The Opposite of Loneliness

The Opposite of Loneliness

Author: Marina Keegan
Publisher: Simon & Schuster
Star Rating: 4/5
Date Read: August 1st to 5th, 2014
Read Count: 1
Thank you to the publisher for sending me this copy. This did not influence my review in any way.

The Opposite of Loneliness is an affecting collection of stories and essays by Marina Keegan, who died tragically in a car accident only five days after her graduation from Yale. She was already an accomplished writer and left behind a whole catalogue of work, as young budding writers collate. In her memory, her family, friends and teachers put together nine stories and nine essays for this book, titled The Opposite of Loneliness, also the title of an essay she wrote about leaving Yale.

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Trust and Treachery: Tales of Power and Intrigue

Editor: Day Al-Mohamed and Meriah L. Crawford
Publisher: Dark Quest Books
Star Rating: 3/5
Date Read: July 3rd to 7th, 2014
Thank you to the publishers for providing this ebook in exchange for an honest review. This did not alter my review in any way.

Trust and Treachery is an anthology of short stories, showing some of the best and worst of human nature. Stories of betrayal and mislaid trust abound in this collection that spans across a variety of authors, genres and worlds. One moment you are reading about intergalactic space travel between planets and the relations between their inhabitants, the next the double life of a travelling salesman. This book has got it all, providing something for everyone. But individually, it will probably only have a little for you. Continue reading

The Wars Of Heaven

Author: Richard Currey
Publisher: Santa Fe Writer’s Project
Star Rating: 3.5/5
Date Read: May 26th, 2014
Thank you to LibraryThing and the author for providing me with a copy of this book.

The Wars of Heaven is a book of short stories and also the novella ‘The Love of a Good Woman’, in which Currey paints a picture of working class America in the twenties and thirties. He tells the story of the every day – the marriage of a train engineer to a younger woman, the life and loss of coal miners, the wanderings of an epileptic man, a young boy whose birth robs his father of the love of his life, a robber who finds himself in a snowballing misunderstanding and finally in ‘The Love of a Good Woman’ we meet Delbert Keene, who could have been given his own novel. These people live, love a bit and they suffer too much as they work their way through life.

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The Blue Bedroom And Other Stories

Author: Rosamunde Pilcher
Publisher: Hodder
Star Rating: 4/5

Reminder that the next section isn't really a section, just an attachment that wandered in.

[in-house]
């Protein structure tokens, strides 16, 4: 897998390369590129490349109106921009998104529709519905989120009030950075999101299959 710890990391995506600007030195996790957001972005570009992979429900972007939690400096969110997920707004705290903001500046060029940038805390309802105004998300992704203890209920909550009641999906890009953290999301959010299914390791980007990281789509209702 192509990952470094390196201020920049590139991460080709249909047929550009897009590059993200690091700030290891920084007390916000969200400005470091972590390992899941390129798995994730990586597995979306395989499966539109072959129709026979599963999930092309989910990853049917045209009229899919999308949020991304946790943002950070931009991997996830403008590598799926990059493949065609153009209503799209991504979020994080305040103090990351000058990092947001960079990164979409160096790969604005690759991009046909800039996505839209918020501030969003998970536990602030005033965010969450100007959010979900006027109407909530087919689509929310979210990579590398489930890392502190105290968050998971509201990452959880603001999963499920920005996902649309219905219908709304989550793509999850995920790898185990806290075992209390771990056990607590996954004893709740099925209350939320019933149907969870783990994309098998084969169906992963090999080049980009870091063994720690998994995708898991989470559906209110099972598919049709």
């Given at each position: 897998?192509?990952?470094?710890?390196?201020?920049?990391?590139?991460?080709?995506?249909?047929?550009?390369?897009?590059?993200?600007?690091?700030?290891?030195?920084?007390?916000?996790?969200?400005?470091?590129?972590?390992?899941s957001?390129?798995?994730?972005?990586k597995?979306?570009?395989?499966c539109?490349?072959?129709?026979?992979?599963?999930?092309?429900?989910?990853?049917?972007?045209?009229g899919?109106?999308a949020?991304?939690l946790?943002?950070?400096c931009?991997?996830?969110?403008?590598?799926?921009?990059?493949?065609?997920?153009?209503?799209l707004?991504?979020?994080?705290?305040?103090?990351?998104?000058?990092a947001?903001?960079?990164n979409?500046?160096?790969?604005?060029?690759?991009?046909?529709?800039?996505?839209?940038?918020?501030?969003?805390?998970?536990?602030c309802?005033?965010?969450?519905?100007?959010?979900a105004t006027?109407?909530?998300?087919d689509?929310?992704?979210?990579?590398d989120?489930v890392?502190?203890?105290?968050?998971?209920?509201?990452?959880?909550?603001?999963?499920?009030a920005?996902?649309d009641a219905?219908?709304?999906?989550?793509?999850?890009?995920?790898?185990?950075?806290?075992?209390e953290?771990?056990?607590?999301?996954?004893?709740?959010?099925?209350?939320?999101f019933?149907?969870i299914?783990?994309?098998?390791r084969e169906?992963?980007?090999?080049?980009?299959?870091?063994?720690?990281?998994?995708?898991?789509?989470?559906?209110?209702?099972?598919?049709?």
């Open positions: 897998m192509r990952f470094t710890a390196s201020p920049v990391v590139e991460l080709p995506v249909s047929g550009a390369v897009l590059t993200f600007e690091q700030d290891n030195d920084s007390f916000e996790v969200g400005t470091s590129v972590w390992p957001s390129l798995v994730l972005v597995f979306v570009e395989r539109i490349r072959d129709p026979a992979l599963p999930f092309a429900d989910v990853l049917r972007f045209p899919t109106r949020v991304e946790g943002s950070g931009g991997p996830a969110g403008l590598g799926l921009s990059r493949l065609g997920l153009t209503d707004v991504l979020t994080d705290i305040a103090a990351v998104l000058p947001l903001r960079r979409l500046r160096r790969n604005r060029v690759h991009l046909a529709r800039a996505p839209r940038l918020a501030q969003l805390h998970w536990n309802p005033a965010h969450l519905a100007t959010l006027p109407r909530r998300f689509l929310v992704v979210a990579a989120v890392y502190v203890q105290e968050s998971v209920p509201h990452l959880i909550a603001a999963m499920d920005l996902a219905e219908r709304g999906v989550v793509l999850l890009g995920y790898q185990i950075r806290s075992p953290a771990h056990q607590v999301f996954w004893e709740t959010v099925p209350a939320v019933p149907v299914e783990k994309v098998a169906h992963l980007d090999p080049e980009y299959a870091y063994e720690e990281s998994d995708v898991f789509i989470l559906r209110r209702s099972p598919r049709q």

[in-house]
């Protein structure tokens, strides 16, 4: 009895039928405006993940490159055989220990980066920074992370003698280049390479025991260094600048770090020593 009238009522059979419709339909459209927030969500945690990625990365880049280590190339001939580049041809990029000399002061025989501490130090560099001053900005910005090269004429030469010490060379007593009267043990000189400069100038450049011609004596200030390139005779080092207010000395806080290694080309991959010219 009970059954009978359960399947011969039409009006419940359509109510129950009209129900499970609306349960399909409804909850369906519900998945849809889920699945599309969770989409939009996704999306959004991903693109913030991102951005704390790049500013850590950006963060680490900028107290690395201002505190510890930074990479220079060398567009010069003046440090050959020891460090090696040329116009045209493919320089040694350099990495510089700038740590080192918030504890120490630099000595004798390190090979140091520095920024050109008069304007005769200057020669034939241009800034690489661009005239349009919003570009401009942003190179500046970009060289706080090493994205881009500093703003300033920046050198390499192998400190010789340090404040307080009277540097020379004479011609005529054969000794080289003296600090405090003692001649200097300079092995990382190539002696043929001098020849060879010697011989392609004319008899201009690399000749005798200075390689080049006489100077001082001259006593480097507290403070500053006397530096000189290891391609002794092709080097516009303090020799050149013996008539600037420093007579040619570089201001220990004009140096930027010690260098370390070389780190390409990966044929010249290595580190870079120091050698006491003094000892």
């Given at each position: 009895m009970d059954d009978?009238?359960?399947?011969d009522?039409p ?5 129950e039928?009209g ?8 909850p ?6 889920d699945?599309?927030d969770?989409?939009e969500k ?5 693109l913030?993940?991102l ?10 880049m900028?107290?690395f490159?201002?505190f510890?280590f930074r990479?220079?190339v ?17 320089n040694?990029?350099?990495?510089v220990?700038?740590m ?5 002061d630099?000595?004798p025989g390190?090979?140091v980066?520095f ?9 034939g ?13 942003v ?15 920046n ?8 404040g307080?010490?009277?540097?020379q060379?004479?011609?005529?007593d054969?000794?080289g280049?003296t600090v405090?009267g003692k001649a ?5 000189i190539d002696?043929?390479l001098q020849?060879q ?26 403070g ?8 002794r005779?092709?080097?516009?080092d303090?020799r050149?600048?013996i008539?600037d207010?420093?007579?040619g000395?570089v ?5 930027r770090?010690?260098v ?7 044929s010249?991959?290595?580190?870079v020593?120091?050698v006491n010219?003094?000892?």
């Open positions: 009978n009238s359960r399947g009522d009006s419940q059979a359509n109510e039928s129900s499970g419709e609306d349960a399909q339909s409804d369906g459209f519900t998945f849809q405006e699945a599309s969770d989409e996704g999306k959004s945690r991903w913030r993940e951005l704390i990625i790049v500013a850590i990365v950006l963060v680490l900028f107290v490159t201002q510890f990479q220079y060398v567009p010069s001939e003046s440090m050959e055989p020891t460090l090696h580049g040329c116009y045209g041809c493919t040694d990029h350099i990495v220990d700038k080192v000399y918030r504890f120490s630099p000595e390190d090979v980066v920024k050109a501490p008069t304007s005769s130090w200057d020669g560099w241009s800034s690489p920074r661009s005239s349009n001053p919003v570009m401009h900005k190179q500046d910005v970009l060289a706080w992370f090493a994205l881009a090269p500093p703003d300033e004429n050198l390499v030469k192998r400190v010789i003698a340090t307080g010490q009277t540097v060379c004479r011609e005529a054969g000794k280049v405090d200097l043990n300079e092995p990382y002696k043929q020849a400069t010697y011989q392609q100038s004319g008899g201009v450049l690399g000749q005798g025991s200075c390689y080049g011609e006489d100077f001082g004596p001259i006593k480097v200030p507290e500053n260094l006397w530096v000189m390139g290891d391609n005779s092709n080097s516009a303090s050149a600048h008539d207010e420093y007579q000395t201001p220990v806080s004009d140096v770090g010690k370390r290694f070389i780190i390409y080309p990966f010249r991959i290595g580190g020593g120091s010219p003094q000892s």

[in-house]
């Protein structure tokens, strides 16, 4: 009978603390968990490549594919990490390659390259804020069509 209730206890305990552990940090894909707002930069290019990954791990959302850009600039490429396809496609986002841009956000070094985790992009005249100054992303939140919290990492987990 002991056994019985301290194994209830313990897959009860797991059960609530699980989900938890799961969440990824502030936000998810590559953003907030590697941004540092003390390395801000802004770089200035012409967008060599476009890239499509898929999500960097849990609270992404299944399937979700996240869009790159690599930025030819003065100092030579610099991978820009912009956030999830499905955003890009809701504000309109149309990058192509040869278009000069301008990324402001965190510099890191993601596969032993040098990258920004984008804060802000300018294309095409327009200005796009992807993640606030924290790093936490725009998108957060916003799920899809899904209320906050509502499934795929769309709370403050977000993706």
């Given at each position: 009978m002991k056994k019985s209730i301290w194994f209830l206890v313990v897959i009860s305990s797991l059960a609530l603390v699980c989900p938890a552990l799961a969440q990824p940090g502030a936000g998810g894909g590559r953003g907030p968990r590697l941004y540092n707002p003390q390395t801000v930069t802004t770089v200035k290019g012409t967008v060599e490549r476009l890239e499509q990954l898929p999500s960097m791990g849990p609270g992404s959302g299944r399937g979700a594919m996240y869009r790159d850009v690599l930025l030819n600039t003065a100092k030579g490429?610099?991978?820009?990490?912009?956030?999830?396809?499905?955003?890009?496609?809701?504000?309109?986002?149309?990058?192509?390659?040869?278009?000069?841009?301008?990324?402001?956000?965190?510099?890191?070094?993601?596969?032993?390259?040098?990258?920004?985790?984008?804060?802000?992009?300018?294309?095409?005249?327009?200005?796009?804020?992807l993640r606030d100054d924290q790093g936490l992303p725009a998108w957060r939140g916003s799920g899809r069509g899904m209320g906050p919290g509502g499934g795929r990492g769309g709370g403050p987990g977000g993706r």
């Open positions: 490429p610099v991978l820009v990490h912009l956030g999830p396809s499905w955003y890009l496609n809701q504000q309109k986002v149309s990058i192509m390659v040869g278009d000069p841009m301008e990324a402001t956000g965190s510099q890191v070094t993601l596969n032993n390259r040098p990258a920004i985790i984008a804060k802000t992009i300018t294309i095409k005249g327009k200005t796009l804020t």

Date Read: May 5th to May 8th, 2014
Not everyone can write short stories well. It takes a different kind of skill, I think. You haven’t got a couple of hundred pages to write an epic story and develop brilliant characters. You only have maybe twenty pages to tell a story and introduce characters in a way that leaves an impression, then you have to leave those characters behind for a new story. It takes a different sort of reader, too, to appreciate the brilliance of the stories.

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The Mysterious Mr. Quin

Author: Agatha Christie
Publisher: Fontana
Star Rating: 5/5
Date Read: September 17th to 18th, 2013
Read Count: 1
Well that may just have been the best of Agatha Christie that I have read in my short life! I stayed up to finish it and write this review even though I’m dead tired and my eyes are falling out of my head.

I am yet to meet an Agatha Christie book I didn’t like (I hope the day never comes) but this collection of short stories starring the charming, lovable Mr. Satterthwaite and the strange relationship he holds with the elusive Mr. Quin has really stood out for me above most of the others that I’ve read. It may be because it was a book of short stories rather than a novel and so presented a different way of exploring the ever-changing cast of characters. Or maybe it simply is just the best of her writing.

Mr. Quin was fascinating. At one point I almost convinced myself he was nothing but a figment of Mr. Satterthwaite’s imagination until I remembered that he had spoken to and interacted with other characters. It was interesting that just the mere association of something with Mr. Quin brought out all of Mr. Satterthwaite’s deducing abilities, that he really had just amassed from being an observer of the people he knew – and sometimes didn’t know. But I guess that was the point. Just from ‘knowing’ Mr. Quin – that’s implying that Mr. Quin really did exist, because I’m still doubtful – Mr. Satterthwaite found a way to participate in all the drama of life, to solve mysteries that had mystified others, right past wrongs and save the innocent accused from being condemned. However, I still feel like, particularly once I’d reached the end of ‘Harlequin’s Lane’, that there was more to it and Dame Christie’s genius has just gone straight over my head. I am not afraid to admit I’m wrestling with that last story.

I was glad to read somewhere the both Mr. Quin and Mr. Satterthwaite make appearances in other Christie short stories/novels. I won’t be forgetting them in a hurry!